Back at home, Trump’s statements are fostering an atmosphere of unprecedented hostility to the media. This environment threatens not only free speech — a recent poll found 43 percent of Republicans said Trump should have the power to shut down “bad” media outlets — but also journalists’ physical safety. A congressman was elected to the House of Representatives last year after pleading guilty to assaulting a journalist who dared to come to his campaign headquarters and ask questions. Television reporters attending Trump rallies now are accompanied by their own security guards. After New York Times reporter Kenneth Vogel appeared on MSNBC last week, he received this voicemail: “You’re the problem. You are the enemy of the people. And although the pen might be mightier than the sword, the pen is not mightier than the AK-47.”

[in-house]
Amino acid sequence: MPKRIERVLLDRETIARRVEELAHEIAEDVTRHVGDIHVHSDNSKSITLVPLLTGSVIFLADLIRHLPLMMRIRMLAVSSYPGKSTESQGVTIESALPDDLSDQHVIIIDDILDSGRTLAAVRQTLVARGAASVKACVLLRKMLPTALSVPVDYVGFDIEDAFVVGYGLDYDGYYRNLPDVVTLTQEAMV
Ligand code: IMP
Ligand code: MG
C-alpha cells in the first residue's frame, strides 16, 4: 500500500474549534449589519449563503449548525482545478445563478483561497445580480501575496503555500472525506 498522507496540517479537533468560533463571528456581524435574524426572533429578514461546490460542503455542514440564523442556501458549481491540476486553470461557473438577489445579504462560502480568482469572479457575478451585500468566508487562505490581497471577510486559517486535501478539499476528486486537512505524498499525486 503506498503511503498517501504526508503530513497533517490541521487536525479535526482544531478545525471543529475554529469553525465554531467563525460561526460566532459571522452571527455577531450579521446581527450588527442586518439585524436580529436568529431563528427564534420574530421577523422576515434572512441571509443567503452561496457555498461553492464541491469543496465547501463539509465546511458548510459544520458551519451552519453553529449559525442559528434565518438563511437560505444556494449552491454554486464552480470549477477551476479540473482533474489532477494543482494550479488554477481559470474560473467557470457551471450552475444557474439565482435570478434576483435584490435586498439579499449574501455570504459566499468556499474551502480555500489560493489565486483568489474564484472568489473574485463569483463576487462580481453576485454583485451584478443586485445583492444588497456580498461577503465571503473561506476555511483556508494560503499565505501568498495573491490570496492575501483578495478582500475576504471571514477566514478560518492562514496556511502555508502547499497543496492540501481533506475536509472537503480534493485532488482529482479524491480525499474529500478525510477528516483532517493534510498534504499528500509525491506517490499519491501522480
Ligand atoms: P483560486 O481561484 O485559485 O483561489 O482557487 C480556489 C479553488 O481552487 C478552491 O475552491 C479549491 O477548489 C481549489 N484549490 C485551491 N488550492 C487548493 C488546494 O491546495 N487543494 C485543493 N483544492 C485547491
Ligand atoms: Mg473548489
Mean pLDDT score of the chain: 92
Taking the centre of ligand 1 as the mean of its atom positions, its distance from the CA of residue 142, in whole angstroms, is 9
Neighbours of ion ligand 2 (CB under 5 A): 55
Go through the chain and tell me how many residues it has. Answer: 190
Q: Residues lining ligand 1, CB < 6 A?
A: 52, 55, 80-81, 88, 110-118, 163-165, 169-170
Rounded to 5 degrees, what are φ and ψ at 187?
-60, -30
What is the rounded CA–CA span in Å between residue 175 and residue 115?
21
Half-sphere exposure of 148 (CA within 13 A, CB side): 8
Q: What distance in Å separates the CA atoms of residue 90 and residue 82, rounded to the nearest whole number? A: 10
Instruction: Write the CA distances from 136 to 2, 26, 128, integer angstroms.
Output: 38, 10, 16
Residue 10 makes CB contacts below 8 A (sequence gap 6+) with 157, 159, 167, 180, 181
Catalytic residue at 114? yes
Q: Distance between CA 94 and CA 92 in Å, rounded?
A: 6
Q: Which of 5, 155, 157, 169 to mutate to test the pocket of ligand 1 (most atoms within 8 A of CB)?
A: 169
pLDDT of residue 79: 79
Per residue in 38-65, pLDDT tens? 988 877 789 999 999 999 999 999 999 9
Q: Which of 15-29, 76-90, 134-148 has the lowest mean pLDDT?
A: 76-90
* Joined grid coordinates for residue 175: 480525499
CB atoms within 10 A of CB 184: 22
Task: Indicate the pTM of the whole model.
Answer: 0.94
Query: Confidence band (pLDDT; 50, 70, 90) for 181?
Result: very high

Given all the commentary that followed Trump’s use of “enemy of the people” early this year, much of which highlighted the historical baggage associated with it, the president either knows — or should know — its connotations. His continued use of it verges on incitement.
All Americans, regardless of political affiliation, should unite to condemn the phrase “enemies of the people.” Indeed, even some of Trump’s closest advisers, including his daughter, have distanced themselves from this particular aspersion. And if Trump can’t be convinced about the importance of a free press or even its safety, then he should repudiate the phrase purely out of self-interest: History has not been kind to members of the club that have used it.
Originally published by the Brennan Center for Justice under a Creative Commons Attribution-No Derivs-NonCommercial license.